“Discussing ways to deal with untrained tutors, Dr. Invernizzi said “Many [in the Bronx] didn't finish high school and English was not their first language. Their own schooling experience really varies and was not particularly positive . . . you can work with such volunteers if there is a reading specialist on site every day.”

“States are just beginning to be sure that they provide institutes for teachers to learn the phonics they didn't learn in teachers’ colleges,” says Sandra Stotsky, deputy commissioner for academic affairs and planning at the Massachusetts Department of Education, who is completing a study on new state literacy standards.” “It's part of a hopeful picture. We're beginning to restore the notion
that the role of the teacher is teaching,” she adds.” The URL for this article is:

http://www.csmonitor.com/durable/1999/08/03/fp13s1-csm.shtml

For more information about research-based reading programs, start at LD Online –

http://www.ldonline.org/

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4. NEW: 24-HOUR TOLL-FREE NUMBERS FOR “WRIGHTSLAW: SPECIAL EDUCATION LAW”

For folks who want to order “Wrightslaw: Special Education Law” but don’t want to order online, Harbor House Law Press has established 2 new toll-free numbers.

* * Toll-free Orders by Phone * *

Call 877 LAW IDEA (877-529-4332) between 9:00 a.m. and 5:00 p.m., ET.

After 5:00 p.m., leave your request, name and telephone number on the toll-free voicemail.

* * Toll-free Orders by Fax * *

Print the order form, fill in the requested information, and fax toll-free to 800 863-5348. Fax modem users can "save to file" this form, input the correct information with a text editor, then fax toll-free to 800 863-5348.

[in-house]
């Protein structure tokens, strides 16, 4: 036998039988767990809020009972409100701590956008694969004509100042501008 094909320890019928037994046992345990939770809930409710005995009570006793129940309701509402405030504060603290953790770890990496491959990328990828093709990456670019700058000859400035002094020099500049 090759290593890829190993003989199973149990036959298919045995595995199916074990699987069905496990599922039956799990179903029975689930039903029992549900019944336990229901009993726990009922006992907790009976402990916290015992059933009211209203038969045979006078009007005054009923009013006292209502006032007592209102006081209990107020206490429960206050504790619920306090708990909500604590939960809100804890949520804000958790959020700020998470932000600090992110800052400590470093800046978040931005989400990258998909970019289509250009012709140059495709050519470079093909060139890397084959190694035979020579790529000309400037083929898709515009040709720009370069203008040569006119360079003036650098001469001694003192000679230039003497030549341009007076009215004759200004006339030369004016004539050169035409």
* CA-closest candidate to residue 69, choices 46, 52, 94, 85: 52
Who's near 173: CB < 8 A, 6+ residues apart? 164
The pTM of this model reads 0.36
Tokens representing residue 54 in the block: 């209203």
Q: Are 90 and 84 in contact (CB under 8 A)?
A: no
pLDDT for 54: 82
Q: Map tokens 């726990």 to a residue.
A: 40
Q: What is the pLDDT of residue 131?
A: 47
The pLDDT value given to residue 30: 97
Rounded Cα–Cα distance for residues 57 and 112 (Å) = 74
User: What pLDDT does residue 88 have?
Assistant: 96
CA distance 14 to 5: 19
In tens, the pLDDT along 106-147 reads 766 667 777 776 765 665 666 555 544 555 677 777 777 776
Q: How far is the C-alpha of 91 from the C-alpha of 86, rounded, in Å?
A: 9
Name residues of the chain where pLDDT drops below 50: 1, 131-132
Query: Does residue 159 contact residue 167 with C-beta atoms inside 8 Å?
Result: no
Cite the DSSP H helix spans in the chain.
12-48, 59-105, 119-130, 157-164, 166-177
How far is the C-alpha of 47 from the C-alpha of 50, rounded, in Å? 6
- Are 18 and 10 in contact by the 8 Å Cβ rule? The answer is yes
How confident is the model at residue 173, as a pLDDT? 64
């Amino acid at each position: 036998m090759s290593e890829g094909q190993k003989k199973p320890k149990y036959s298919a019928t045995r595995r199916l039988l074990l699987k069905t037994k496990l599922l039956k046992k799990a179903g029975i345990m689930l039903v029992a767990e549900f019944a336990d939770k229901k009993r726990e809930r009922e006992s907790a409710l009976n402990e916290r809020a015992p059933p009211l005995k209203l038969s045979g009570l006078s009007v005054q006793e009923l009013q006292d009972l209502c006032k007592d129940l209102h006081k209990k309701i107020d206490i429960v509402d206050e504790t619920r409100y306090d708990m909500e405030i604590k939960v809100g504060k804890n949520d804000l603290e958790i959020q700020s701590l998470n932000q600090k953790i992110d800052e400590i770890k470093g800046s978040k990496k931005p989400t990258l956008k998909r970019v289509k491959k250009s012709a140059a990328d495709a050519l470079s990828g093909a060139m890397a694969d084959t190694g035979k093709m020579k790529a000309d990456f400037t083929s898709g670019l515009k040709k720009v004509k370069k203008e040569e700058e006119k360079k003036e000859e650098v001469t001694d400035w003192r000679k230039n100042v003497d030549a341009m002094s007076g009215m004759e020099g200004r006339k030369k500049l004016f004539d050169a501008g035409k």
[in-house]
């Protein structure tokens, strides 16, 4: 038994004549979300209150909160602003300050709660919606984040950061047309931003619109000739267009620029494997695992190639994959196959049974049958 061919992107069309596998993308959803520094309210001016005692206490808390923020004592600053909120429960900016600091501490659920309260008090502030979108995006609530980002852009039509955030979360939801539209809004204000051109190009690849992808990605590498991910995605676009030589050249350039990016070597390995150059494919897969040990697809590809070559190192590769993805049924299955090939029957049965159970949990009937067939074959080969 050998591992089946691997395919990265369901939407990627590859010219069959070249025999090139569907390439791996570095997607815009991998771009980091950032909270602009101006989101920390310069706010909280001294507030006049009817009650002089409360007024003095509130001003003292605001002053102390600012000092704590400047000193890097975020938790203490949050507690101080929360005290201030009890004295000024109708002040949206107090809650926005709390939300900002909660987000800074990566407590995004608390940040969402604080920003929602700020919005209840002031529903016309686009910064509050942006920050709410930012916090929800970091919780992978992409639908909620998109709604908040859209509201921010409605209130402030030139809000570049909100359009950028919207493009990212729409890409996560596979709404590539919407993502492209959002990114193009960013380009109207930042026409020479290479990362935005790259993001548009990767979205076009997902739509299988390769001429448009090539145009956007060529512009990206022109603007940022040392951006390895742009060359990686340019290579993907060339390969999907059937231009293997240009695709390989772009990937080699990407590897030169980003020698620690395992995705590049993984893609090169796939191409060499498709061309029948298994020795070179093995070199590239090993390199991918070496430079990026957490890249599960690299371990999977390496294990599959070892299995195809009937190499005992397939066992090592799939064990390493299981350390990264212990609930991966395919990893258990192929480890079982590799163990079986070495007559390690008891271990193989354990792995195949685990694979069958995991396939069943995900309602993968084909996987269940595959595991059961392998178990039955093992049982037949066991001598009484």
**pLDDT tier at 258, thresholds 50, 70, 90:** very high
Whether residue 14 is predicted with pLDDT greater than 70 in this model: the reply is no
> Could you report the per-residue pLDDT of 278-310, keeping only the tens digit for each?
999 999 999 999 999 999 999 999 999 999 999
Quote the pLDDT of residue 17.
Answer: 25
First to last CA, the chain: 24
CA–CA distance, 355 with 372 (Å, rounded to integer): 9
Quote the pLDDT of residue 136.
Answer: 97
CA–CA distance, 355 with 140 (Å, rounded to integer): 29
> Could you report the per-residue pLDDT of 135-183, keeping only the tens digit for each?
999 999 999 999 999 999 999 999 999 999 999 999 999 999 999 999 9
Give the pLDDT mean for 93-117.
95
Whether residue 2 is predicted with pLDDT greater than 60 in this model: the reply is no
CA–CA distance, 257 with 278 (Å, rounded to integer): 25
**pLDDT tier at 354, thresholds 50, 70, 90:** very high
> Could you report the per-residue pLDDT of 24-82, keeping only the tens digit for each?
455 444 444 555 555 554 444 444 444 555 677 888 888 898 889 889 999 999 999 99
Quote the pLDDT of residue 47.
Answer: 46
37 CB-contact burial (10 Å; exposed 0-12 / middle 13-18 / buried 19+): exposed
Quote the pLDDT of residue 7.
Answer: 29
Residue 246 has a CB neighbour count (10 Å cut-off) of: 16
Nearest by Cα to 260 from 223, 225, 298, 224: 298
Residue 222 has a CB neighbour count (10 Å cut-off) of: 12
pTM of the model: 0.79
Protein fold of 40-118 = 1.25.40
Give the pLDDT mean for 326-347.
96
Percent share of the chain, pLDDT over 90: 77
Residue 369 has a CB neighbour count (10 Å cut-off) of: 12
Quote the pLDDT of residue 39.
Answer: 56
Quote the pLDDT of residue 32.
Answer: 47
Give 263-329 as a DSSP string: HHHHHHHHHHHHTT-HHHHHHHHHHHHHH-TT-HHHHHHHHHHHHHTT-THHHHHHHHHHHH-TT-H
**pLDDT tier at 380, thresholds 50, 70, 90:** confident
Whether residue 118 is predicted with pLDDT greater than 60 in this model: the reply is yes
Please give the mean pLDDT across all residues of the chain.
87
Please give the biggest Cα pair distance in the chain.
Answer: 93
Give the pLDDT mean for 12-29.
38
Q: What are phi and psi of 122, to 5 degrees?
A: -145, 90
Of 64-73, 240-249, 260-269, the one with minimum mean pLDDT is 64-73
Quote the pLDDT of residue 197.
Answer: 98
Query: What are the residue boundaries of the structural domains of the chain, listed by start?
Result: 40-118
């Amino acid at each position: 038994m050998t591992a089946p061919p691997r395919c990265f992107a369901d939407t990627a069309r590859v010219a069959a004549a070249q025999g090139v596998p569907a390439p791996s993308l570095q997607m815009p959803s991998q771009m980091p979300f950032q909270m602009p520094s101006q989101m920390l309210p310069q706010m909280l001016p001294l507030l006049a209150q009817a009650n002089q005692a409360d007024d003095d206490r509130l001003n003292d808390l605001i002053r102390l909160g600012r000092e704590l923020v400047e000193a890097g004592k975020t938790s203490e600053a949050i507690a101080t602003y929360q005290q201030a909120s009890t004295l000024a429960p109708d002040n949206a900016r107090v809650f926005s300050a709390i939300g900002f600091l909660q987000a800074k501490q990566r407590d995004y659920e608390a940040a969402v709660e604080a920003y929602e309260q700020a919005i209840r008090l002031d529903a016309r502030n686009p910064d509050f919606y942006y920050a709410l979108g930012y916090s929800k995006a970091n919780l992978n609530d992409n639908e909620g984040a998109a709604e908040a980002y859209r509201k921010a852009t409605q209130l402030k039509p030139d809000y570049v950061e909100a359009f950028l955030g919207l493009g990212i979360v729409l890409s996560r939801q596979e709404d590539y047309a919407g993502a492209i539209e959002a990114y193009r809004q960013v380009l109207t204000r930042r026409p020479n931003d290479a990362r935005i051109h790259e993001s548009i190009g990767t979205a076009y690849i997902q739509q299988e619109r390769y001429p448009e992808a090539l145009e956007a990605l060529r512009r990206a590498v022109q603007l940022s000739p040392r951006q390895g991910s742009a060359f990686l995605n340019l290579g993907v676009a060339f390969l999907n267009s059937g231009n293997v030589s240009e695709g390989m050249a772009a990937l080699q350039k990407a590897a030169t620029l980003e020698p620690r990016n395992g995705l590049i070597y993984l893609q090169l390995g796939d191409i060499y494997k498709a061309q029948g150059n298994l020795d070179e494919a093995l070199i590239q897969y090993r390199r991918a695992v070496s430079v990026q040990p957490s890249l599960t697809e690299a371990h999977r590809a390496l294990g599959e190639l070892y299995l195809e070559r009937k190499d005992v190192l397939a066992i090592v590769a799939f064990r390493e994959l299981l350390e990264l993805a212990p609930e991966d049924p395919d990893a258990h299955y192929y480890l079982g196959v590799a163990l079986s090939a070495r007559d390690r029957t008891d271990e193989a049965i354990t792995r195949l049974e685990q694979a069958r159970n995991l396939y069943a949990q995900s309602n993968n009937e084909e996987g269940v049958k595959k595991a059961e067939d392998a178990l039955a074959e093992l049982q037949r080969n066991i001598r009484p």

For more information about the book, WRIGHTSLAW: SPECIAL EDUCATION LAW, go to

http://www.wrightslaw.com/bkstore/ourbooks/Law_Book_Announce_99_0712.htm

For updated information about ordering, go to

http://www.wrightslaw.com/bkstore/ourbooks/Orderform.html

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5. SUBSCRIPTION INFORMATION

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In the beginning of your message, insert the following words exactly, with the hyphens, all lowercase

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6. CONTACT INFORMATION

Pete and Pam Wright
c/o The Special Ed Advocate
P. O. Box 1008
Deltaville, VA 23043
Phone: 804-257-0857

Website: http://www.wrightslaw.com
Email: webmaster@wrightslaw.com

The resources at this website are copyrighted by the authors. They may be used for non-commercial purposes only. They may not be redistributed for commercial purposes without the express written consent of Peter W. D. Wright.

It is not necessary to obtain our consent to link to our website or copy, print and distribute our articles and newsletters for nonprofit purposes so long as the material is reproduced in its entirety and credit is given to Pete and Pam Wright and "wrightslaw" including the URL -

http://www.wrightslaw.com

Copyright 1999, Peter W. D. Wright and Pamela Darr Wright. All rights reserved.

END